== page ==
Editors' ChoiceDevelopment

Sorting Robo Rather Than Clearing It

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Science's STKE  08 Feb 2005:
Vol. 2005, Issue 270, pp. tw56
DOI: 10.1126/stke.2702005tw56

During development of the central nervous system, axons either cross or do not cross the midline, a decision that depends on whether their growth cones express the Slit receptor Roundabout (Robo): Robo expression leads to repulsion from the midline and failure to cross. In Drosophila, Commisureless (Comm), which is expressed in both midline cells and crossing neurons, regulates surface expression of Robo (and thereby midline crossing), but the specific mechanisms underlying this regulation--and in precisely which cells Comm expression is critical to Robo regulation--have been controversial (see Krull). Keleman et al. showed that, in flies that lacked comm, selective expression of comm in neurons that cross the midline in wild-type Drosophila substantially rescued midline crossing and that expressing comm in midline cells as well did not further promote axonal crossing. Mutations that interfered with Comm and Robo targeting to late endosomes and lysosomes when expressed in COS-7 cells specifically interfered with the ability of Comm to promote midline crossing in vivo. Further mutational analysis indicated that Comm ubiquitination was not required for its functional effects, as did genetic manipulation of the ubiquitin ligase Nedd4. Movies of green fluorescent protein-labeled Robo expressed in Drosophila peripheral neurons showed that Comm expression prevented anterograde axonal trafficking of Robo. Thus, Comm expression in crossing neurons but not midline cells is critical to its regulation of midline crossing, and Comm appears to regulate Robo surface expression by controlling its sorting at the Golgi rather than by promoting its removal from the plasma membrane.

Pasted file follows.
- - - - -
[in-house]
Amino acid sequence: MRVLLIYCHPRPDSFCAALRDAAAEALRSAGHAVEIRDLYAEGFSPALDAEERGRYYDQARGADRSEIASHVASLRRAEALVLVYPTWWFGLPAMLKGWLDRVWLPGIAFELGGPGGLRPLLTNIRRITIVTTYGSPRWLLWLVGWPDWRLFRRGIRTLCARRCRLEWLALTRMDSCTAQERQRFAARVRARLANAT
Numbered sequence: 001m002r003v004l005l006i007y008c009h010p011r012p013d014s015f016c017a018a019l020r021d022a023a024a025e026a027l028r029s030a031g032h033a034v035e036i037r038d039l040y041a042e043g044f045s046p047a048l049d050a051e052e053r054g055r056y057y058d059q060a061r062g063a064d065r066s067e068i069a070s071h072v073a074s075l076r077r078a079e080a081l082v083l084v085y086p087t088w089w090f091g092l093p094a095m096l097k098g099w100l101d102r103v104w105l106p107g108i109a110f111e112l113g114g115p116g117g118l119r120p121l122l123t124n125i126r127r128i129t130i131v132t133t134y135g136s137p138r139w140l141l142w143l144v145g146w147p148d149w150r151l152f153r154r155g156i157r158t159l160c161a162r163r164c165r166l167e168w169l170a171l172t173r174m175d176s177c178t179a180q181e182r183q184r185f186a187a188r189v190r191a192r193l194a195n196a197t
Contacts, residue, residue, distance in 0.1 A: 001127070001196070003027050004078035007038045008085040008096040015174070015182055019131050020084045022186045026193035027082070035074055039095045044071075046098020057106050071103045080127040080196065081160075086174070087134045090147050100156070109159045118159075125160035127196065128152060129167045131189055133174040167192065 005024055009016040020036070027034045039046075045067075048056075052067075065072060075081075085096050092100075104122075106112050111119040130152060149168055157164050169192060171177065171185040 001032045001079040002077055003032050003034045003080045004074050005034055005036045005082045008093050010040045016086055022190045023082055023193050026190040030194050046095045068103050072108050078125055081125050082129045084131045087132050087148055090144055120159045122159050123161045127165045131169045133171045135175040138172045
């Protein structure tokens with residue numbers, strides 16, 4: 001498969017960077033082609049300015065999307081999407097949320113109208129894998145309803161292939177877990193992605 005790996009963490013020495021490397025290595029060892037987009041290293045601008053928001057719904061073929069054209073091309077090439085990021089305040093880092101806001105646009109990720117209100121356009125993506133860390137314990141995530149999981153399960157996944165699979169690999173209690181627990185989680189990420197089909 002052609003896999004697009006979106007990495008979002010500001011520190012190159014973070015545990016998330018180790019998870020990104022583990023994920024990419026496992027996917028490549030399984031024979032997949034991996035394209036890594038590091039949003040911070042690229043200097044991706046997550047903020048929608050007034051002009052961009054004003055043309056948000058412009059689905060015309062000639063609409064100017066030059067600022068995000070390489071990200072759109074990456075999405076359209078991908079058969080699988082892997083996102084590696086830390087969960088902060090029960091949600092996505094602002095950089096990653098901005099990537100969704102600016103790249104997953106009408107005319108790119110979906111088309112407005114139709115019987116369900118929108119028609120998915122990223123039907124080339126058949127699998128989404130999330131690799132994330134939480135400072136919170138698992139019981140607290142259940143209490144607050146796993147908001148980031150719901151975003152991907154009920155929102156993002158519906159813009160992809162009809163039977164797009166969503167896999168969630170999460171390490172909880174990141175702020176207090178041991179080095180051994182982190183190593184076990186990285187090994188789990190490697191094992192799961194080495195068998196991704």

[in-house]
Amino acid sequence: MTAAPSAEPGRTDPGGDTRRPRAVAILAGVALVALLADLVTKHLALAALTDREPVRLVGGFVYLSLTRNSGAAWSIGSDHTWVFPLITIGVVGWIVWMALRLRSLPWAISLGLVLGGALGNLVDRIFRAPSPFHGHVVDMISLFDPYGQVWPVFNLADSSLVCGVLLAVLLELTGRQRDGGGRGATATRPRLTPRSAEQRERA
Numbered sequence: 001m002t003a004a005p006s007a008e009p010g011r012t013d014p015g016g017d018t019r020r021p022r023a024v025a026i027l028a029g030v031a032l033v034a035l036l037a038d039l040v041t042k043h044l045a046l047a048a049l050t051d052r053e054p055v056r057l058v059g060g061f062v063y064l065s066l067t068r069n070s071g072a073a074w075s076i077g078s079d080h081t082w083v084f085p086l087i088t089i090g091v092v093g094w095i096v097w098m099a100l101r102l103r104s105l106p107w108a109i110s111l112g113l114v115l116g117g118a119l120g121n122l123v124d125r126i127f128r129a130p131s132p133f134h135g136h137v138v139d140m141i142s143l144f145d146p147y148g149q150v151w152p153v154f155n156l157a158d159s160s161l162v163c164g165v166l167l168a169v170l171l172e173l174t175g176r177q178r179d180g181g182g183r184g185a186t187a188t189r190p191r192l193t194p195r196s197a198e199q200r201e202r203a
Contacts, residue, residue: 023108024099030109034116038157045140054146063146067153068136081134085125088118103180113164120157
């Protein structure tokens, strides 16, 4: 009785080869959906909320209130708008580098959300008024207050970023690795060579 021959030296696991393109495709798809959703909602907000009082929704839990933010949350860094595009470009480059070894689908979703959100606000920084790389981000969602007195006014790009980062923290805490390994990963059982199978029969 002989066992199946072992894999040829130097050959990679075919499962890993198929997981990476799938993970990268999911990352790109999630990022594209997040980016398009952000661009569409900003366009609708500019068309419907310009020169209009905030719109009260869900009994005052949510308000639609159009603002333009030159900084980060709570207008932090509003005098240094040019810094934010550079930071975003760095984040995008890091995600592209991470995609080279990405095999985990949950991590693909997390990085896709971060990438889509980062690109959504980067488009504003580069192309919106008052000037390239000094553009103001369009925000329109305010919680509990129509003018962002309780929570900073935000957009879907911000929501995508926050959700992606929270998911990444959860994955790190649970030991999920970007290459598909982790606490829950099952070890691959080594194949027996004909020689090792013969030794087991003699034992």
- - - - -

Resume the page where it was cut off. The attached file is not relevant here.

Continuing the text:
K. Keleman, C. Ribeiro, B. J. Dickson, Comm function in commissural axon guidance: Cell-autonomous sorting of Robo in vivo. Nat. Neurosci. 8, 156-163 (2005). [PubMed]

C. E. Krull, Comm-ing across the midline. Nat. Neurosci. 8, 131-132 (2005). [PubMed]

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